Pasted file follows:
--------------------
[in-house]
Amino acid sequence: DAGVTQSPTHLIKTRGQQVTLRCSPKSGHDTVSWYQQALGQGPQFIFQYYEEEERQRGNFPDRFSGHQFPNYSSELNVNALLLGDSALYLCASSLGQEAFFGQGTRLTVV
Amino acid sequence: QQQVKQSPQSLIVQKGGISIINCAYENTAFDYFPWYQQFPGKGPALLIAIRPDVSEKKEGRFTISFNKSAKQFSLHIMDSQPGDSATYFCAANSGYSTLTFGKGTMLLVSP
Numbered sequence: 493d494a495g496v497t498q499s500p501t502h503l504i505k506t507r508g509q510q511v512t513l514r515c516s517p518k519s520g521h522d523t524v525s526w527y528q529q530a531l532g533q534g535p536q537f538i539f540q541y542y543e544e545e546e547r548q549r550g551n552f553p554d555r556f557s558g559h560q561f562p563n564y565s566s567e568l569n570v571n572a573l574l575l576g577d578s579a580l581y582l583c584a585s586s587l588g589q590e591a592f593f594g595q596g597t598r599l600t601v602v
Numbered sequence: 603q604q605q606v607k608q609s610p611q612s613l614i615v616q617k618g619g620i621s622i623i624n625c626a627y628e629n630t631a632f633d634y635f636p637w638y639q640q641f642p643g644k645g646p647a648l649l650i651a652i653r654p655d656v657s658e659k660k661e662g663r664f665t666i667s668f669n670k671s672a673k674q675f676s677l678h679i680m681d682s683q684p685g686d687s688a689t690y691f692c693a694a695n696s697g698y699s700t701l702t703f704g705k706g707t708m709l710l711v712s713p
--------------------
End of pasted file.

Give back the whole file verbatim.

[in-house]
Amino acid sequence: DAGVTQSPTHLIKTRGQQVTLRCSPKSGHDTVSWYQQALGQGPQFIFQYYEEEERQRGNFPDRFSGHQFPNYSSELNVNALLLGDSALYLCASSLGQEAFFGQGTRLTVV
Amino acid sequence: QQQVKQSPQSLIVQKGGISIINCAYENTAFDYFPWYQQFPGKGPALLIAIRPDVSEKKEGRFTISFNKSAKQFSLHIMDSQPGDSATYFCAANSGYSTLTFGKGTMLLVSP
Numbered sequence: 493d494a495g496v497t498q499s500p501t502h503l504i505k506t507r508g509q510q511v512t513l514r515c516s517p518k519s520g521h522d523t524v525s526w527y528q529q530a531l532g533q534g535p536q537f538i539f540q541y542y543e544e545e546e547r548q549r550g551n552f553p554d555r556f557s558g559h560q561f562p563n564y565s566s567e568l569n570v571n572a573l574l575l576g577d578s579a580l581y582l583c584a585s586s587l588g589q590e591a592f593f594g595q596g597t598r599l600t601v602v
Numbered sequence: 603q604q605q606v607k608q609s610p611q612s613l614i615v616q617k618g619g620i621s622i623i624n625c626a627y628e629n630t631a632f633d634y635f636p637w638y639q640q641f642p643g644k645g646p647a648l649l650i651a652i653r654p655d656v657s658e659k660k661e662g663r664f665t666i667s668f669n670k671s672a673k674q675f676s677l678h679i680m681d682s683q684p685g686d687s688a689t690y691f692c693a694a695n696s697g698y699s700t701l702t703f704g705k706g707t708m709l710l711v712s713p